than admission to Shibe Park. This was not a huge concern to
ownership until the early and mid 1930s. Due to the
Great Depression and A's lack of success, attendance
decreased at Shibe Park and also hurt the rooftop
owners who sold seats to games. During this time,
rooftop owners sent individuals to outside the Shibe
Park ticket windows to sell tickets to their rooftop
seats at a cheaper price. This led the A's to raise
the right field fence to 50 feet before the 1935
season . Nicknamed the "spite fence" the right field
fence blocked all views from the neighboring houses.
In 1936 Connie Mack took control of ownership and
controversy with the neighborhood began again. After
the 1938 season Mack wanted to install lights at the
ballpark. The neighborhood objected as they were
concerned with the light, noise and traffic night
baseball would lead to. However, the Athletics
installed lights and the first night game played at
Shibe Park was on May 16, 1939.
A second tenant moved into Shibe Park in 1938
when the Philadelphia Phillies moved three blocks west from the aging Baker Bowl
to Shibe Park on July 4, 1938. The NFL’s Philadelphia Eagles moved
to Shibe Park in 1940 giving the ballpark three tenants. The Eagles
played at Shibe Park until 1958 when they moved to Franklin Field. A fan
living in the Philadelphia area could go to a baseball game everyday
from April to September because one team was always in town.
In 1941 the A's installed a new, larger scoreboard
in right centerfield, replacing the existing one.
Three years later, in 1944, the club spent $1
million adding 3,000 seats down the first and third
base lines, replacing stairs with ramps, adding a
restaurant and installed a new pressbox. From the second deck of Shibe Park fans could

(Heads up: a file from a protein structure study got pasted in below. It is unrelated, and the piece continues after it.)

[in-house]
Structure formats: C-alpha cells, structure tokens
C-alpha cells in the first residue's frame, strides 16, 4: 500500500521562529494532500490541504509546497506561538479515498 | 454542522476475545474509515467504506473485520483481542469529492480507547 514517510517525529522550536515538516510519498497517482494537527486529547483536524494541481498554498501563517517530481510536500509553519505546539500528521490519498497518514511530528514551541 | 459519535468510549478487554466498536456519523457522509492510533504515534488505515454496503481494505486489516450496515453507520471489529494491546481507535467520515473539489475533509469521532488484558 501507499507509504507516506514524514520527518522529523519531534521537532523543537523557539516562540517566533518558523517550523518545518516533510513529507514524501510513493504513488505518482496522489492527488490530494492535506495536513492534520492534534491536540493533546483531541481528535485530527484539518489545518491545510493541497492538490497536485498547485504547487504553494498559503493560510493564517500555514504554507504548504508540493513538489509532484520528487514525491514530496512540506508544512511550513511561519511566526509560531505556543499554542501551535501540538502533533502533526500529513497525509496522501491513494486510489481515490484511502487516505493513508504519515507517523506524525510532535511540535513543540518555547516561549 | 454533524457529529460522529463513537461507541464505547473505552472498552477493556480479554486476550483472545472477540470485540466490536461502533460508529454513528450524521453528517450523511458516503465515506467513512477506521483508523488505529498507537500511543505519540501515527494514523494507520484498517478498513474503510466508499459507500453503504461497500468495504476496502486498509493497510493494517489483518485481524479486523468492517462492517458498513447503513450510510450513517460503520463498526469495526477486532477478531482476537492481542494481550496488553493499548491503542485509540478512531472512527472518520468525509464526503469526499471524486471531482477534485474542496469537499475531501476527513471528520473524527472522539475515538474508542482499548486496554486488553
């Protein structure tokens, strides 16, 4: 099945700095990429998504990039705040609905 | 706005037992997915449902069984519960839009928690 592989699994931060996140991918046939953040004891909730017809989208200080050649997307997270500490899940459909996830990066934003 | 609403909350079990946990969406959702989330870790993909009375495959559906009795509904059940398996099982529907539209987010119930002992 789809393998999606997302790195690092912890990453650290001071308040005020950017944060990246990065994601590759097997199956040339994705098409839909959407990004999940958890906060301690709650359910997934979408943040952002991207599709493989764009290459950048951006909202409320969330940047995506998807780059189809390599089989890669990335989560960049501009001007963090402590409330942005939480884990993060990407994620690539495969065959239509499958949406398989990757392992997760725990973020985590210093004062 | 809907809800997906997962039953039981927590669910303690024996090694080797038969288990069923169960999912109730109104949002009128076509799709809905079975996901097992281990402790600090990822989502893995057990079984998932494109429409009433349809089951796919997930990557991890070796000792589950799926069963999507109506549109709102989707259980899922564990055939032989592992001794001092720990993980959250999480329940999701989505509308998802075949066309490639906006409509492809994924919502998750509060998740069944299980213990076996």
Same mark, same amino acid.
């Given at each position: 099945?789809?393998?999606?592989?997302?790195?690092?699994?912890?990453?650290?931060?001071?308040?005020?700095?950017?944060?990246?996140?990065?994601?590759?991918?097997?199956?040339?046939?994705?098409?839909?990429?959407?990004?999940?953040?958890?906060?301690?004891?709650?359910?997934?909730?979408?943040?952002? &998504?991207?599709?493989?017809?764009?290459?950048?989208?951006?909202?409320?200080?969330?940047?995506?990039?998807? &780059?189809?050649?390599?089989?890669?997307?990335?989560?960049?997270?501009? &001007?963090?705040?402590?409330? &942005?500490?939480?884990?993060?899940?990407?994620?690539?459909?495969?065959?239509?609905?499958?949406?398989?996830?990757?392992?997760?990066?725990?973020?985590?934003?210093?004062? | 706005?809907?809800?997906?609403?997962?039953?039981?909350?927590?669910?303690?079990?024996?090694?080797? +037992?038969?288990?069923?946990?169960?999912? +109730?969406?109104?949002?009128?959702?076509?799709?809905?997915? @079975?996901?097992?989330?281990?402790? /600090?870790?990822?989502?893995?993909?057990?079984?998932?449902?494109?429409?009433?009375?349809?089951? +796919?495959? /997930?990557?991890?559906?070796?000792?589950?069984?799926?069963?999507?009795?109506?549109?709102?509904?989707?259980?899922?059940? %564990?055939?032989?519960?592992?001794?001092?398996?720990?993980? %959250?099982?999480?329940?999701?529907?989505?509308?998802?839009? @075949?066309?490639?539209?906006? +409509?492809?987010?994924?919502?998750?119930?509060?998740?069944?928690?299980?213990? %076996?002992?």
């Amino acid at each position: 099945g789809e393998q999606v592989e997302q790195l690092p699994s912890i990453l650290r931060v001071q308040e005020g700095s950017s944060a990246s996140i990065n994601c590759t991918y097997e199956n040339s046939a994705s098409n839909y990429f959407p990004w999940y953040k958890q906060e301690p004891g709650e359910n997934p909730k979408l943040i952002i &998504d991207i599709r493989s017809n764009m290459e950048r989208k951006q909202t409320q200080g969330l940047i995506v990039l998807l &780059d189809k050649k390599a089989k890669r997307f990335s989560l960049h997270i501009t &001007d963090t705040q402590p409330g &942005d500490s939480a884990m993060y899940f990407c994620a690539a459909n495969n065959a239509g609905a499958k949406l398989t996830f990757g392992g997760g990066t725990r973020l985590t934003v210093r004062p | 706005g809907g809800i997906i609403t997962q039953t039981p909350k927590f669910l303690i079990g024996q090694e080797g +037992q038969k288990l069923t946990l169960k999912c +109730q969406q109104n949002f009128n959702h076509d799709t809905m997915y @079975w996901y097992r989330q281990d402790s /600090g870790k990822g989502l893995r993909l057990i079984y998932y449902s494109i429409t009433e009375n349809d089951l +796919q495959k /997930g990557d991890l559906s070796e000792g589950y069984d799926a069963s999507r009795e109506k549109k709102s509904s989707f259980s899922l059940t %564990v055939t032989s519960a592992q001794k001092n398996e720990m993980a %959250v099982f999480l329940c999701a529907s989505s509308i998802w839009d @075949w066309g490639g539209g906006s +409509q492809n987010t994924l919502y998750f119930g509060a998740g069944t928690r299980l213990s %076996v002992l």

enjoy views of the nearby neighborhood and were able to see the
scoreboard in right centerfield.
Advertisements were banned from the ballpark until 1955, but then
were plastered on the outfield walls and on top of the grandstand
roof in left field. Shibe Park was renamed Connie Mack Stadium in
1953 after the manager of the A’s for 50 years. The A’s moved to
Kansas City after the 1954 season and the Phillies bought the
stadium for $1.675 million. The original scoreboard was replaced by
a 60 foot high scoreboard and a plexiglass shield was installed to protect fans seated behind home
plate, replacing the standard wire screen.
Like other clubs in baseball during the 1960s, the Phillies began
seeking a new ballpark to replace the aging Connie Mack Stadium. By
the 1960s Connie Mack Stadium was located in a bad neighborhood,
lacked parking and was deteriorating. Voters approved a bond to build a new
multipurpose stadium for the Phillies and Eagles in 1964. The last
game at Connie Mack Stadium was on October 1, 1970 when the Phillies
played the Montreal Expos. The team moved to
Veterans Stadium the next year. The stadium stood for several
years before fire destroyed most of the stadium in 1971 and was used
as a junk yard in 1974. During the All-Star Game, that was
held at Veterans Stadium in 1976, Shibe Park/Connie Mack
Stadium was demolished. It is now the site of a church.